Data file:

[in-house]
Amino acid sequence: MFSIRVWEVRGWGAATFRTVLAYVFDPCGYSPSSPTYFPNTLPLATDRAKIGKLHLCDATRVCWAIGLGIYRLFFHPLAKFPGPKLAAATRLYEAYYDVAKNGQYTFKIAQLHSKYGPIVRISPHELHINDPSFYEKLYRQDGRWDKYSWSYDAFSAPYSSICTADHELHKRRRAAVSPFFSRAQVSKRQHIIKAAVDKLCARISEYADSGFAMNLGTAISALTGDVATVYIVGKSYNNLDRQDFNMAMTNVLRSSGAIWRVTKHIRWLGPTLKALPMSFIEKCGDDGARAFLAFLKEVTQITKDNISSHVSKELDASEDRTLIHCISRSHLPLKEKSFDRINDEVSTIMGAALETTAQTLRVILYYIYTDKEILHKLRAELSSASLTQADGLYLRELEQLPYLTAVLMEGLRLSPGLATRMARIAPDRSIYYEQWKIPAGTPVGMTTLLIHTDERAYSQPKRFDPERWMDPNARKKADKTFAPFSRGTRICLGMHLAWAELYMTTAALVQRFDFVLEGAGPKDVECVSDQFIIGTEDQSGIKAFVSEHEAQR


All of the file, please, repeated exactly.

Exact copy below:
[in-house]
Amino acid sequence: MFSIRVWEVRGWGAATFRTVLAYVFDPCGYSPSSPTYFPNTLPLATDRAKIGKLHLCDATRVCWAIGLGIYRLFFHPLAKFPGPKLAAATRLYEAYYDVAKNGQYTFKIAQLHSKYGPIVRISPHELHINDPSFYEKLYRQDGRWDKYSWSYDAFSAPYSSICTADHELHKRRRAAVSPFFSRAQVSKRQHIIKAAVDKLCARISEYADSGFAMNLGTAISALTGDVATVYIVGKSYNNLDRQDFNMAMTNVLRSSGAIWRVTKHIRWLGPTLKALPMSFIEKCGDDGARAFLAFLKEVTQITKDNISSHVSKELDASEDRTLIHCISRSHLPLKEKSFDRINDEVSTIMGAALETTAQTLRVILYYIYTDKEILHKLRAELSSASLTQADGLYLRELEQLPYLTAVLMEGLRLSPGLATRMARIAPDRSIYYEQWKIPAGTPVGMTTLLIHTDERAYSQPKRFDPERWMDPNARKKADKTFAPFSRGTRICLGMHLAWAELYMTTAALVQRFDFVLEGAGPKDVECVSDQFIIGTEDQSGIKAFVSEHEAQR